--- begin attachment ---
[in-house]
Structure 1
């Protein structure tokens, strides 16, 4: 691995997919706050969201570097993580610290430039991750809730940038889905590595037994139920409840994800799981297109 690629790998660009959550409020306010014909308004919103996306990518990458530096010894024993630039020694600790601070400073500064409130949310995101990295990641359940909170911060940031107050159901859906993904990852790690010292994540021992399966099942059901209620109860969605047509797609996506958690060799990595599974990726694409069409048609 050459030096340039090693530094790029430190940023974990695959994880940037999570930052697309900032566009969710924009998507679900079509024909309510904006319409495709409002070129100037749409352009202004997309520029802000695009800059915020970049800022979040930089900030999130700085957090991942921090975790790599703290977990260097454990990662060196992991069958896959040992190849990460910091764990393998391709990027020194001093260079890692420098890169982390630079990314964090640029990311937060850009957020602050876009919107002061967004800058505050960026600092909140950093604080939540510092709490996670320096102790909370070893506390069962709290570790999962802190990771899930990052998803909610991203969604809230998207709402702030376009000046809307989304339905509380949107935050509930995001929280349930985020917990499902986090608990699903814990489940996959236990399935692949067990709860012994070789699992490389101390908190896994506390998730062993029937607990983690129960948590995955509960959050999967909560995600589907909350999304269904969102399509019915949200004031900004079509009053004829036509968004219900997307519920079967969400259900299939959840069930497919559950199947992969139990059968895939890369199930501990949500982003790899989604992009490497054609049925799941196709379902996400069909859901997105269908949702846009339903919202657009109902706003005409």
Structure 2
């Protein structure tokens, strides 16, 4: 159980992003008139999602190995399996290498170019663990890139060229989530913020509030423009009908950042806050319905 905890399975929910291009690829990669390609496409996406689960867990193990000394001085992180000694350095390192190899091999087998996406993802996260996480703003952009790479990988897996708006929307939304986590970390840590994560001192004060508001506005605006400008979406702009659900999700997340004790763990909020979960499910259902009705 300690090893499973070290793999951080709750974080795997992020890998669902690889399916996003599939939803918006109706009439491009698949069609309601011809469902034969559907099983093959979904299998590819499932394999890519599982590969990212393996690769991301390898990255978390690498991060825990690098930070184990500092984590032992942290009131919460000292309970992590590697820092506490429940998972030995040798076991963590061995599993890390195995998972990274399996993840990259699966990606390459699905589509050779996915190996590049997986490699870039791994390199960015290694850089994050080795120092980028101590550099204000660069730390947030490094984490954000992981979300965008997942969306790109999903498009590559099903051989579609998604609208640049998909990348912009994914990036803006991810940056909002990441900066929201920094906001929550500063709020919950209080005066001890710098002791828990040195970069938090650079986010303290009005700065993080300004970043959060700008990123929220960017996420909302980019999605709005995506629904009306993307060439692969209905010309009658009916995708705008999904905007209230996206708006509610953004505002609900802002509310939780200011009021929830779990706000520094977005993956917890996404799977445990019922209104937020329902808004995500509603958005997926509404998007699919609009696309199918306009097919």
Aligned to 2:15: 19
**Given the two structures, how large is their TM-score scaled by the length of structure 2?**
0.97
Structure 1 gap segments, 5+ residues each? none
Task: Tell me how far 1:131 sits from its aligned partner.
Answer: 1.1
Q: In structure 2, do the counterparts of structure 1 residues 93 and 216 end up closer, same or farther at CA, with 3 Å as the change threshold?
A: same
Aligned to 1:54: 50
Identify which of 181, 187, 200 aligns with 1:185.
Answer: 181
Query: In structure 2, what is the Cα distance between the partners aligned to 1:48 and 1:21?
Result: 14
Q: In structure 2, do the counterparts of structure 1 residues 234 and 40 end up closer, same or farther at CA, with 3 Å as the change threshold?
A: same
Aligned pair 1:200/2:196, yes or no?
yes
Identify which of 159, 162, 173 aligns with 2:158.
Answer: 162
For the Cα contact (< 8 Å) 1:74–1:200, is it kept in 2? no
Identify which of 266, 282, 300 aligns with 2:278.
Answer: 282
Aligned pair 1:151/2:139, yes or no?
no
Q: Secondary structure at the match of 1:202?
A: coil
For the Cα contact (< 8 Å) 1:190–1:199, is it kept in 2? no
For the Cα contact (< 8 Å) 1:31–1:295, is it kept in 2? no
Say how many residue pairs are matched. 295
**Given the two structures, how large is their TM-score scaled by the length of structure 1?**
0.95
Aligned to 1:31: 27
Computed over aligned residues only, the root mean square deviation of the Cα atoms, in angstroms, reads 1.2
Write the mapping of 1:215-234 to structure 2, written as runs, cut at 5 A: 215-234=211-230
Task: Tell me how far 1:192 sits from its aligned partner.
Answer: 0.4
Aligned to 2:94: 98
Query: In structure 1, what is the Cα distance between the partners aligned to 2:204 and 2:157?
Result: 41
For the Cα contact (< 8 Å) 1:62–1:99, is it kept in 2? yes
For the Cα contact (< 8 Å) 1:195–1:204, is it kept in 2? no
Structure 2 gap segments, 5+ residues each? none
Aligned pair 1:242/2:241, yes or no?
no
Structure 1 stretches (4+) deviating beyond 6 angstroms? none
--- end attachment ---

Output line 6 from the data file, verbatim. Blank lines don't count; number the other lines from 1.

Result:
Aligned to 2:15: 19